This page provides technical details and references.
Disclaimer: The information provided on this website are provided for general information only. They are not intended to provide personal medical advice nor to derive individual treatment strategies from them. In case of any questions regarding your personal medical care, please consult your physician.
For the numerical solution of the differential equation system, a classical Runge-Kutta method with a fixed step size of 1min is used. This ensures a good compromise between short simulation time and high accuracy. Furthermore, the fixed step size facilitates the consideration of impulsive signals such as the sudden increase of the insulin concentration due to a bolus.
Used tools and libraries
Currently, two algorithms are included in the simulator; the selection will be expanded in the future.
Basal rate + Bolus
The “Basal+Bolus” setting realizes a common intensified insulin therapy by means of basal rate and meal bolus. When changes are made to the virtual patient, the basal rate is automatically set to a physiological value, but can be manually overwritten. The meal bolus is delivered for announced meals with an adjustable timespan between injection and meal; the carb factor (in units of insulin per unit of carbohydrate, i.e. 10g) is also configurable.
Manual delivery of a meal bolus by the virtual patient is configured exactly as above; basal rate adjustment, however, is done automatically by the algorithm. Various parameters can be adapted, including insulin sensitivity (ISF), target range of glucose concentration, duration of insulin activity (DIA) and others. For more details on their meaning and effect in the algorithm, please refer to the OpenAPS documentation.
For the simulation, any number of meals can be defined, which are taken at a specific time and consist of an adjustable amount of carbohydrates. Meals can be announced or unannounced.
In the expert mode, especially the announcement can be parameterized even more filigree: On the one hand, the announced time of the meal can deviate from the actual time as desired; the same applies to the amount of carbohydrates. In addition, the exact time at which the announcement is made can be set; for example, it is possible to specify how much advance notice the AID algorithm has of an upcoming meal.
For the mathematical description of the physiological processes in the body of the virtual patient, we currently offer two options: The model described by Dalla Man et al. in [3, 4], whose equations are also the basis of the UVA/PADOVA Type 1 Diabetes Simulator (T1DMS). And the model by Hovorka et al. , following implementational details from .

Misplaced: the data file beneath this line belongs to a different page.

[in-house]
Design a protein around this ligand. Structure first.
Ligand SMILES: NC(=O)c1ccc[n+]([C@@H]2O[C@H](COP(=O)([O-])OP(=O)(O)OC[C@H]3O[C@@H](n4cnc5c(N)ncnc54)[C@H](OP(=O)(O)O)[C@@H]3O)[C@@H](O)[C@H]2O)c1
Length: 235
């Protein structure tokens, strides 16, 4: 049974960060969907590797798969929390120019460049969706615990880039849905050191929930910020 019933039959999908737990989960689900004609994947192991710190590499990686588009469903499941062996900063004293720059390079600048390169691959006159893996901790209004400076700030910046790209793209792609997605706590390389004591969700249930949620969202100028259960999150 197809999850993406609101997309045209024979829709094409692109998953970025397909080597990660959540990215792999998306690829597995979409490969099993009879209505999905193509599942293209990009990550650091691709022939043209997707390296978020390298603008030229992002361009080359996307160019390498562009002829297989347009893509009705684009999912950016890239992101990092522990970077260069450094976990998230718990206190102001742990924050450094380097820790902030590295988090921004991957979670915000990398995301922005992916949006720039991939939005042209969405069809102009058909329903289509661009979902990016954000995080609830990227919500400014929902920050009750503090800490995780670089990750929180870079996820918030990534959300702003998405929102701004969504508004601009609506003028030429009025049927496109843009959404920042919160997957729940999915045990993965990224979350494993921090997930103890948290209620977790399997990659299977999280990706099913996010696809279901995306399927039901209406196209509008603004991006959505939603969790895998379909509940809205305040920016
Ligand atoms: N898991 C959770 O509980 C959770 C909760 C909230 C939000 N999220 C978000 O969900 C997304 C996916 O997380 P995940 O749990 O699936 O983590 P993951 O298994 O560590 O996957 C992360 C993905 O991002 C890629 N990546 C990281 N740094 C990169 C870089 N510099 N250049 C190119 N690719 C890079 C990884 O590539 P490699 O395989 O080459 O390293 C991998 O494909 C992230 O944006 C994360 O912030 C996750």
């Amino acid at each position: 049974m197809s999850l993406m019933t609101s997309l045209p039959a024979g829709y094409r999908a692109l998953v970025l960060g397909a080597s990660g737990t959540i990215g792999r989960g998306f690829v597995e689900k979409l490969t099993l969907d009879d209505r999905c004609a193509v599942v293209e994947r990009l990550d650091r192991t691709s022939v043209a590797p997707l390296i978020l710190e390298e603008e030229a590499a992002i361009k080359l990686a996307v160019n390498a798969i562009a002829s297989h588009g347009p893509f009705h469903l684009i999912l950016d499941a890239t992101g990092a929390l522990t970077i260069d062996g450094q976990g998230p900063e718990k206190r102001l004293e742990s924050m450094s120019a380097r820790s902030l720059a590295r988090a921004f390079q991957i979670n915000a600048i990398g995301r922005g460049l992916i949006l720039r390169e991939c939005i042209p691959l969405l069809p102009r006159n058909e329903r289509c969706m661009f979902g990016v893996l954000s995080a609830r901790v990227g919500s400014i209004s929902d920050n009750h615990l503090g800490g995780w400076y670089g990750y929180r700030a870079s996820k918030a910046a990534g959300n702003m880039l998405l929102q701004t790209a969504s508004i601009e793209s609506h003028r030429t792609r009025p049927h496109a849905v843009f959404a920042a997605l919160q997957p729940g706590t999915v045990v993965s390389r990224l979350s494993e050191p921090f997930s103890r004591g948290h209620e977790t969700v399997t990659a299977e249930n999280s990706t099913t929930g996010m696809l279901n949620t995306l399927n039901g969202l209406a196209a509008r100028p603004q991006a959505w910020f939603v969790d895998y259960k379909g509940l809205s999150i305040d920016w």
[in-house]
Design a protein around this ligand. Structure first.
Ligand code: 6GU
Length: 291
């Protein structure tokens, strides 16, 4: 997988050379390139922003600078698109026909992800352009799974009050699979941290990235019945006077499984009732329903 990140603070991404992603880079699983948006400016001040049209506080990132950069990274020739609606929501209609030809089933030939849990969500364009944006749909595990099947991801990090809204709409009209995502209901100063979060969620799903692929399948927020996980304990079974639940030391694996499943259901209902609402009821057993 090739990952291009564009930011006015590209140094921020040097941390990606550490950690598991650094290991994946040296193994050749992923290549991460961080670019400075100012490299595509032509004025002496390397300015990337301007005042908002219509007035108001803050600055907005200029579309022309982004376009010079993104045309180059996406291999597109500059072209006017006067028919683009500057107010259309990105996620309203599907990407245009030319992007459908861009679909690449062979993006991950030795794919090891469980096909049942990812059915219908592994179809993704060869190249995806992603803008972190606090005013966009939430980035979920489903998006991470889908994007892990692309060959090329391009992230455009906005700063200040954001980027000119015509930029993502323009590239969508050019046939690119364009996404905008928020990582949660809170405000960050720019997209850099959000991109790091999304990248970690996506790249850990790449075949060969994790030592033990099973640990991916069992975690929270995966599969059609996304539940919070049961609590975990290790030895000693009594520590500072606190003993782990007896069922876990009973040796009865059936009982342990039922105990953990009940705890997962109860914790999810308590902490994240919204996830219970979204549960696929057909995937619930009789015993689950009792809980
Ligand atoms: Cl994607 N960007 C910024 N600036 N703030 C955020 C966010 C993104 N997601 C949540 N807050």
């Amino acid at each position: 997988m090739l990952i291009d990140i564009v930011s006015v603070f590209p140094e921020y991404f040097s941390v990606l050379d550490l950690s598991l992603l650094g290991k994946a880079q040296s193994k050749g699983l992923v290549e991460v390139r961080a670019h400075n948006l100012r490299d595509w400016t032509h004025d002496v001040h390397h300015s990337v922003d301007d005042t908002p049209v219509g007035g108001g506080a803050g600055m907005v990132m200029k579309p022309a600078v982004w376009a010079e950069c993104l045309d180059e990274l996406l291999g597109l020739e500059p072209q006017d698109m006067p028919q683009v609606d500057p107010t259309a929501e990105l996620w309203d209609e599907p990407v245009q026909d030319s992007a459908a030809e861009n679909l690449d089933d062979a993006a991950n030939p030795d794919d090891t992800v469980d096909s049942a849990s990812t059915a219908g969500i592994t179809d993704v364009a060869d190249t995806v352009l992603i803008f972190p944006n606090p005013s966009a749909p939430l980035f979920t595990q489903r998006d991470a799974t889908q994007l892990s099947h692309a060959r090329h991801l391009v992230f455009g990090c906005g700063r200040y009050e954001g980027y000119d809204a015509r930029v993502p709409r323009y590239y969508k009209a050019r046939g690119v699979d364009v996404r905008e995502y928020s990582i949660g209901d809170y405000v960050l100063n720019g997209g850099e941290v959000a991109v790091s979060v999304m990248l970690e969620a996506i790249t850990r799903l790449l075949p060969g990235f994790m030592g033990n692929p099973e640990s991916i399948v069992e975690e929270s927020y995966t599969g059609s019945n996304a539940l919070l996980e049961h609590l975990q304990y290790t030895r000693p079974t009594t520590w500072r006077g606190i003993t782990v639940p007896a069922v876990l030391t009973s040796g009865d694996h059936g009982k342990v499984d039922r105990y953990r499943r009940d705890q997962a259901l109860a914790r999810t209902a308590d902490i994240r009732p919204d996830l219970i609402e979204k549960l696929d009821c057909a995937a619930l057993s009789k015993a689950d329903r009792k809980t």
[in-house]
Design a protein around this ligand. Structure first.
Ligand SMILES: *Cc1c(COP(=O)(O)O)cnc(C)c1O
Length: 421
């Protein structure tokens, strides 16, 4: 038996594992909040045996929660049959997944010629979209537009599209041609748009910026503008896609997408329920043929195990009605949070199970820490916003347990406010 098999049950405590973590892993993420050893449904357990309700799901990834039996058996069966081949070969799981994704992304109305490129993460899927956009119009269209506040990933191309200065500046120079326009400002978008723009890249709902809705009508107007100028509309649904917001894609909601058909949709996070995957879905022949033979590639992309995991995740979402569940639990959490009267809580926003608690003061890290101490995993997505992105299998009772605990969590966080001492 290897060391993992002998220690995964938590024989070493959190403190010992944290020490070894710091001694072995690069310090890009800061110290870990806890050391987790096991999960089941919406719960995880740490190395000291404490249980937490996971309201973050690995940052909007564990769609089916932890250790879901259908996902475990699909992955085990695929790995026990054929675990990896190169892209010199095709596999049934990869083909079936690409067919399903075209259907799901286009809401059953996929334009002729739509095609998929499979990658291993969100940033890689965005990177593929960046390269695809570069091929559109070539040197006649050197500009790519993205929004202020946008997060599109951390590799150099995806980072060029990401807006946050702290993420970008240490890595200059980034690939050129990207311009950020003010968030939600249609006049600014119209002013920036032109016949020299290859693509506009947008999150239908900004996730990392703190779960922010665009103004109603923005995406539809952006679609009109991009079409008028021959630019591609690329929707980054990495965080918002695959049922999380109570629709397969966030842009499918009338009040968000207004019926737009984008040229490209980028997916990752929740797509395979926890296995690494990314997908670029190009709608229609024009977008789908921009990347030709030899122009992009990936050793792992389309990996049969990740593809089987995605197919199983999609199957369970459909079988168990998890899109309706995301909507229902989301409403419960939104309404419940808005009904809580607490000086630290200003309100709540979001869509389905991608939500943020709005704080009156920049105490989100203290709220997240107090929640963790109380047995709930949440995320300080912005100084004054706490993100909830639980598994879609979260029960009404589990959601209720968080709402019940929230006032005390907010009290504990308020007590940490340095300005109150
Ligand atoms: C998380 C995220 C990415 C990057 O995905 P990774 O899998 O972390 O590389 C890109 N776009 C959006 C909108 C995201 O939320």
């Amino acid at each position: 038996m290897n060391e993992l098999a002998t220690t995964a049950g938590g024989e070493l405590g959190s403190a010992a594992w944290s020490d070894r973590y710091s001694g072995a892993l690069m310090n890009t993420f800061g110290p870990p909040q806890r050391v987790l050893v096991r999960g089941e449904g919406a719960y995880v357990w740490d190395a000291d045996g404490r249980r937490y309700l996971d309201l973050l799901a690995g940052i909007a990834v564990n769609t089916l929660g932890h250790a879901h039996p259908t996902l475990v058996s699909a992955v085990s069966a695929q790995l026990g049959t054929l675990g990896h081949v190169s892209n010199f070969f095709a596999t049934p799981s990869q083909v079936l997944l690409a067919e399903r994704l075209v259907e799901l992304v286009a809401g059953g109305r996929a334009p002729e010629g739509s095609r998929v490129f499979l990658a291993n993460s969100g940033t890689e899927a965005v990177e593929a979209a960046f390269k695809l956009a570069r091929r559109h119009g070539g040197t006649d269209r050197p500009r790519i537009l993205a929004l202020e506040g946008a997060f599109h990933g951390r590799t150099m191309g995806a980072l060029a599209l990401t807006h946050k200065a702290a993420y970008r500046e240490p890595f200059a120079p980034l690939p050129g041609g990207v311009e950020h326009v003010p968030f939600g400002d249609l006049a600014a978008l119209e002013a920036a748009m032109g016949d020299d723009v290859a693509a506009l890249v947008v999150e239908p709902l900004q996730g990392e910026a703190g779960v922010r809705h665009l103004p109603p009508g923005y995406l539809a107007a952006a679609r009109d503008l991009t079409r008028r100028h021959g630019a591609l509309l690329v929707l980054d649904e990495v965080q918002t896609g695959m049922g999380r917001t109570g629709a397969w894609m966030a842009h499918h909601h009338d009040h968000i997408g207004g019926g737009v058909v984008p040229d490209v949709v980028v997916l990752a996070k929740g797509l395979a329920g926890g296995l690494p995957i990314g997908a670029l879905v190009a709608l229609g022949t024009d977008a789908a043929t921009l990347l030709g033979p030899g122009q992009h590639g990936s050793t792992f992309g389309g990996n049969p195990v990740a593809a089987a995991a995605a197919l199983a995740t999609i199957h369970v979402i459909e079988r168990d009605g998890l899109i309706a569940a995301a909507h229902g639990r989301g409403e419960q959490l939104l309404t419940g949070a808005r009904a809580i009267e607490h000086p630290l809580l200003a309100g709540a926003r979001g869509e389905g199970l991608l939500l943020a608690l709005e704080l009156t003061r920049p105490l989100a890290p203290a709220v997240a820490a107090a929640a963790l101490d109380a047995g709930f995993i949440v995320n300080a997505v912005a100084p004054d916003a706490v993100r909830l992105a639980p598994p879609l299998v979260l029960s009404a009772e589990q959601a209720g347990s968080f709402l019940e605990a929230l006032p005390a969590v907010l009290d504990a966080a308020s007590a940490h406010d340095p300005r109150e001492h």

Our current implementation of the UVA/Padova model deviates from the original model in some details:
- For the digestion rate (kempt), different models are described in [3,4]. For simplicity, an average of maximum and minimum digestion rates was provisionally used instead of the complex calculation rules.
- Hepatic gluconeogenesis (, Eq. (4)) was limited to avoid singularity (, Eq. (5)) at high insulin concentrations.
- Subcutaneous insulin kinetics included in T1DMS  are not described in ; they were taken from , including the associated parameters.
The default values of the parameters are taken from the “Normal Value” column in [3, Table 1] and describe the behavior of a healthy person.
The following scheme visualizes the state variables included in the model and the interactions between them:
It must be expressly pointed out that this is only a mathematical model which can at most describe the real processes in the human body approximately and in parts. Therefore, although the simulation results qualitatively resemble clinical curves, they must be interpreted with caution and are not suitable for deriving individual treatment strategies from them (see disclaimer). We do not assume any responsibility for the correctness of the results or damages of any kind resulting from the use of the simulator (see license).
 Dalla Man, Ch.; Camilleri, M.; Cobelli, C.: A System Model of Oral Glucose Absorption: Validation on Gold Standard Data. IEEE Transactions on Biomedical Engineering, Volume 53, Number 12, December 2006
 Dalla Man, Ch.; Raimondo, D.M.; Rizza, R. A.; Cobelli, C.: GIM, Simulation Software of Meal Glucose-Insulin Model. Journal of Diabetes Science and Technology, Volume 1, Issue 3, May 2007
 Dalla Man, C.; Rizza, R. A.; Cobelli, C.: Meal simulation model of the glucose-insulin system. IEEE Transactions on biomedical engineering, 54(10), 2007.
 Dalla Man, C.; Micheletto, F.; Lv, D.; Breton, M.; Kovatchev, B.; Cobelli, C.: The UVA/PADOVA Type 1 Diabetes Simulator: New Features. Journal of Diabetes Science and Technology, Volume 8, Issue 1, 2014.
 Hovorka, R.; Canonico, V.; Chassin, L. J.; Haueter, U.; Massi-Benedetti, M.; Federici, M. O.; Pieber, T. R.; Schaller, H. C., Schaupp, L.; Vering, T.; Wilinska, M. E.: Nonlinear model predictive control of glucose concentration in subjects with type 1 diabetes. Journal of Phyiological Measurement, Volume 25, 2004.
 Andersen, S. H.: Software for in Silico Testing of an Artificial Pancreas. Master’s Thesis at Technical University of Denmark. 2014.